Speaking of the passing game, Tiger fans can take solace in knowing that while LSU’s wide receiver corps may be short on experience, it’s awfully tall on talent (and extremely tall in stature as well.) We all know that senior DJ Chark is an ideal candidate to excel in Canada’s revamped offense, which is reason for optimism in itself, but there are several other receivers poised to have breakout seasons as well. One name that’s been thrown around a lot this summer is Drake Davis, who certainly looks the part. At 6’4”, 218 pounds, Davis came to LSU as a 4-star athlete from IMG with offers from elite programs across the country. His size and speed should make him a prominent fixture in the lineup, and the same could be said for 6-foot-6 wideouts, Stephen Sullivan and Dee Anderson. Those three soaring sophomores are joined by the very athletic senior Russell Gage, who recorded a handful of receptions last season after spending his first two seasons as a defensive back. Other playmakers to look out for are speedster Derrick Dillon, who could play a vital role in the return game, and newly dubbed wide receiver JaCoby Stevens. Stevens, a former 5-star athlete who has experience playing wide receiver in high school and will be an immediate threat from the get-go. The unit also added two speedy in-state prospects in Mannie Netherly and Racey McMath, so the choices of athletes for Canada are plentiful. Sure, this unit is largely unproven, but with its mix of talent and height, it could very well end up being a strength of this team.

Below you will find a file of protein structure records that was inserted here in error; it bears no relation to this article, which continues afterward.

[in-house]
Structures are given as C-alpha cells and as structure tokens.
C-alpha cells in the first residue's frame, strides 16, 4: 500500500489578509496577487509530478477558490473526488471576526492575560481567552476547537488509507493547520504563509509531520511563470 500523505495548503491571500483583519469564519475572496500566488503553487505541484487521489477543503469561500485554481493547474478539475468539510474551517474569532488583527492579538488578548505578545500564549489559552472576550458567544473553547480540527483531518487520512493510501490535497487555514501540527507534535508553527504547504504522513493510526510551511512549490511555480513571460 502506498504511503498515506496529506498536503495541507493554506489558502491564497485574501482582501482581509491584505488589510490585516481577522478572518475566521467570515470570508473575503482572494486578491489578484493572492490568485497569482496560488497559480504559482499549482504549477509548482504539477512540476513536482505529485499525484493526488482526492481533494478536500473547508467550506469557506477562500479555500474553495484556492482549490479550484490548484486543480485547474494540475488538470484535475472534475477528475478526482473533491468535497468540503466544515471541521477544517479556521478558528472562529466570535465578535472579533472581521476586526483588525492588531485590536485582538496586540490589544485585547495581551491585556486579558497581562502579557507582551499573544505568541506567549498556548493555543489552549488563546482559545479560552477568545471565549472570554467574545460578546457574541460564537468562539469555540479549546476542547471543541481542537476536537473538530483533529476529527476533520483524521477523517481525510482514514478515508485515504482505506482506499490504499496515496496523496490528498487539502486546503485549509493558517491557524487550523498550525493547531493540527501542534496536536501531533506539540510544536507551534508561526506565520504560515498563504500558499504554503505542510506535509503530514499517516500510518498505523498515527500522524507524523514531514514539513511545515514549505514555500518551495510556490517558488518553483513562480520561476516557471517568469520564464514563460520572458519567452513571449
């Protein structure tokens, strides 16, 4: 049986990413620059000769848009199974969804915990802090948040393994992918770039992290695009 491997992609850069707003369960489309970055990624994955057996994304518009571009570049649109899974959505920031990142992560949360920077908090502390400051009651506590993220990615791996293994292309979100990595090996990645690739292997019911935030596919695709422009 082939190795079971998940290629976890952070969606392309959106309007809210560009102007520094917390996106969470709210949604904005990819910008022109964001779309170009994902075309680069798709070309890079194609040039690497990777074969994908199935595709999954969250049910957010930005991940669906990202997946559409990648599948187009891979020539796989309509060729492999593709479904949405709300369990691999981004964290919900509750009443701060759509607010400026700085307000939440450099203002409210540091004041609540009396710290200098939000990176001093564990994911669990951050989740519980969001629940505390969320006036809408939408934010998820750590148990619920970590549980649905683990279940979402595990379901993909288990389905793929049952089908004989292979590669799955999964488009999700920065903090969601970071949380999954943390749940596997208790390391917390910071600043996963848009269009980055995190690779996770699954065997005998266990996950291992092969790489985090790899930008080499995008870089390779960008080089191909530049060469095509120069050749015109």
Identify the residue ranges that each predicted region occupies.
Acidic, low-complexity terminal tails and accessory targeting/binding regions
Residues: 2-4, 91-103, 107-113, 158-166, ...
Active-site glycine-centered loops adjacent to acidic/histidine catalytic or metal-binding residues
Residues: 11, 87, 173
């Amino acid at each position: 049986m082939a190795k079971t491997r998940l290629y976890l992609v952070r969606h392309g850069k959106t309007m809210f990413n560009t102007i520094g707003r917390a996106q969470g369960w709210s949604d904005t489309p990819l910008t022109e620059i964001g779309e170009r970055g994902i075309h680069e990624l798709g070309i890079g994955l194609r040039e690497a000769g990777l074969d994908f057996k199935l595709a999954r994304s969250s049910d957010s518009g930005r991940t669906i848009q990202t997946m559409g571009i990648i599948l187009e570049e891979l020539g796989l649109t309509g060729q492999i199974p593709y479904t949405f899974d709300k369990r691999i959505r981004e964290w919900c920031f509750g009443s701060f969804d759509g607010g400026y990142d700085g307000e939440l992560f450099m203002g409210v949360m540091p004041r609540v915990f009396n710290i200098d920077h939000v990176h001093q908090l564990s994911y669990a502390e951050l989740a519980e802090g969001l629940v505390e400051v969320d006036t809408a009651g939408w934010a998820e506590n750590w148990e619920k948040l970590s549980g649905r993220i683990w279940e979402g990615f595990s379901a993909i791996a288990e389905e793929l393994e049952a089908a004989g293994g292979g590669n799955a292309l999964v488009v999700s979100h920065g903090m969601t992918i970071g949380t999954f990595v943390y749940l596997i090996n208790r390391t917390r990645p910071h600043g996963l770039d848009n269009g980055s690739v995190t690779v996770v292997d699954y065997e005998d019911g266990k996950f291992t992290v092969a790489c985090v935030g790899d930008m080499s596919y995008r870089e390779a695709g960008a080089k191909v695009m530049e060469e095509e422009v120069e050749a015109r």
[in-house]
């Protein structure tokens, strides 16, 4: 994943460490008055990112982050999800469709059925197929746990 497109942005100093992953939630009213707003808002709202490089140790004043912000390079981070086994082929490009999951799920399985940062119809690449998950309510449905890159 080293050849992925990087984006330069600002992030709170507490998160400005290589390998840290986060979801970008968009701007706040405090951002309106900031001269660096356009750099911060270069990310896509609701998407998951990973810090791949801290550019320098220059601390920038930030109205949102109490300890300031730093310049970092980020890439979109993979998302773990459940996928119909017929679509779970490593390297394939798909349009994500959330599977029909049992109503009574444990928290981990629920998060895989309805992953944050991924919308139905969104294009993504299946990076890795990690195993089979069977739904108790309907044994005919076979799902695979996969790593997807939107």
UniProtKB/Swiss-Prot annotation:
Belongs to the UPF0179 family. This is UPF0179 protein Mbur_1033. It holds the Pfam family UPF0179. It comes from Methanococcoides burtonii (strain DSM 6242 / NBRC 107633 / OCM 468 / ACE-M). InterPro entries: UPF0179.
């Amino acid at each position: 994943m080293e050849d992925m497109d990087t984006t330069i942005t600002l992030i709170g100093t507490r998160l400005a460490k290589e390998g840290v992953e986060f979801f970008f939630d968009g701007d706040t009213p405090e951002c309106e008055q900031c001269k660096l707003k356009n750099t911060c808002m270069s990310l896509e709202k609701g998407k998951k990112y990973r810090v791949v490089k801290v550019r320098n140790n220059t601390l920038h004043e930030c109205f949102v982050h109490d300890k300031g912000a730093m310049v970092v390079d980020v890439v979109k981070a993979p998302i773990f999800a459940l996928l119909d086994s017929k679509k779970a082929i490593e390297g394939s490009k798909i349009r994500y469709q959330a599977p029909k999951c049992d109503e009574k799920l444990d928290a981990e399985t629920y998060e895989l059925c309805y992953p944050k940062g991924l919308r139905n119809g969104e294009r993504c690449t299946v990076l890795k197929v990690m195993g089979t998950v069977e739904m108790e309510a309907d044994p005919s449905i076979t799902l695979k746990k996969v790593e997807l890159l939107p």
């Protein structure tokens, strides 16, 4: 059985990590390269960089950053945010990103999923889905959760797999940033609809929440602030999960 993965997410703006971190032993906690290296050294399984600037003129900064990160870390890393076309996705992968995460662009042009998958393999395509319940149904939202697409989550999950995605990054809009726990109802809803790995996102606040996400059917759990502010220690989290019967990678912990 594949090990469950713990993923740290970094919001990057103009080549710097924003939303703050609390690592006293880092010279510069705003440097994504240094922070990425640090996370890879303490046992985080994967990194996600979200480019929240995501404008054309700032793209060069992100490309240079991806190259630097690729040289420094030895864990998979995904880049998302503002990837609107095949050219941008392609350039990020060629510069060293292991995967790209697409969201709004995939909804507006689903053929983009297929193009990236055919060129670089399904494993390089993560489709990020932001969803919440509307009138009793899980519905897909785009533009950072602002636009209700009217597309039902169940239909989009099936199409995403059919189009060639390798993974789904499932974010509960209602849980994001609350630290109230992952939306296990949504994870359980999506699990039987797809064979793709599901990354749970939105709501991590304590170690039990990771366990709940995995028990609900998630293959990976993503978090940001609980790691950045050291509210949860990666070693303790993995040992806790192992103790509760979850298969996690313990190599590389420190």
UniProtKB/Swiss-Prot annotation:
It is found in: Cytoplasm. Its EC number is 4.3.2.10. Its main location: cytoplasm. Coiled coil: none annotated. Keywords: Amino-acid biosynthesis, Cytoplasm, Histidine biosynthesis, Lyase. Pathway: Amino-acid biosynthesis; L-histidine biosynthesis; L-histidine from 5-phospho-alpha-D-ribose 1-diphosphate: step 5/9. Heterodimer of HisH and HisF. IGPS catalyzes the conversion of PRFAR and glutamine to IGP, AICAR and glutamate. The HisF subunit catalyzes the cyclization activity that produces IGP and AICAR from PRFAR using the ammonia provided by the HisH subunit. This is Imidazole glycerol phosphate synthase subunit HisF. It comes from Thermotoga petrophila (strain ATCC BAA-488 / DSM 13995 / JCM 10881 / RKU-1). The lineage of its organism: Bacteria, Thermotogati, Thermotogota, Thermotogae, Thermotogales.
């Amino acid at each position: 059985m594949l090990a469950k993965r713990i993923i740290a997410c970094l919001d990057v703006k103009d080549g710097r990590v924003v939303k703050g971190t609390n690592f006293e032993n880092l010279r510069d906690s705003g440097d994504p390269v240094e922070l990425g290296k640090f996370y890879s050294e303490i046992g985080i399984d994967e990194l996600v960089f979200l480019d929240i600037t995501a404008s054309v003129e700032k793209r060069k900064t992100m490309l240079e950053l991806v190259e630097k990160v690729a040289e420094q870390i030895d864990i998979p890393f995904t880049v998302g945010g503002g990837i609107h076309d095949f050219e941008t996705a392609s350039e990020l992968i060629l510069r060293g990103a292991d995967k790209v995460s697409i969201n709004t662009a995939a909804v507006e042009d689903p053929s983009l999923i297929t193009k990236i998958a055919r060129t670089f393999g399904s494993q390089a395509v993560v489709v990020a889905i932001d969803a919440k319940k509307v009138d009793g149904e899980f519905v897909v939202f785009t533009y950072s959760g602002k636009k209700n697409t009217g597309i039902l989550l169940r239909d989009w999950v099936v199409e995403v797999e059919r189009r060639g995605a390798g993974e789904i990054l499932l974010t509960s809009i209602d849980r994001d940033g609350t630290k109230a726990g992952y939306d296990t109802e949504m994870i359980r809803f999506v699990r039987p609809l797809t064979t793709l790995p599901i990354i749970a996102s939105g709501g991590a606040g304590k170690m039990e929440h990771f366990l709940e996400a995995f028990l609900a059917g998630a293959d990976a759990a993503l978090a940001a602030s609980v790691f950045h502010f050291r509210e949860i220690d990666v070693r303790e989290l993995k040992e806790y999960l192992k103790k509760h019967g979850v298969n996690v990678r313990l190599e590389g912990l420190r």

Pardon the pun, but senior quarterback Danny Etling returns to the offense with a much healthier back after undergoing an offseason procedure, and the word is he’s better than ever. Because media members haven’t had a chance to watch him throw, it still remains unknown as to whether Etling has more zip on his throws. At SEC Media Days, D.J. Chark admitted he was caught off guard by Etling’s arm strength in throwing drills, suggesting he can put more power into his throws. With Etling back at quarterback, a few questions come to mind. Will his arm strength be significantly better as players have suggested? How will Matt Canada’s offense benefit him? Will Etling get revenge on Alabama? That last one is particularly interesting since Etling is the first quarterback to get a second chance at Alabama since Zach Mettenberger did in 2013. Etling returns after recording 2,123 passing yards and 11 passing touchdowns. We suspect his improved health and an unpredictable offense will help those numbers grow immensely.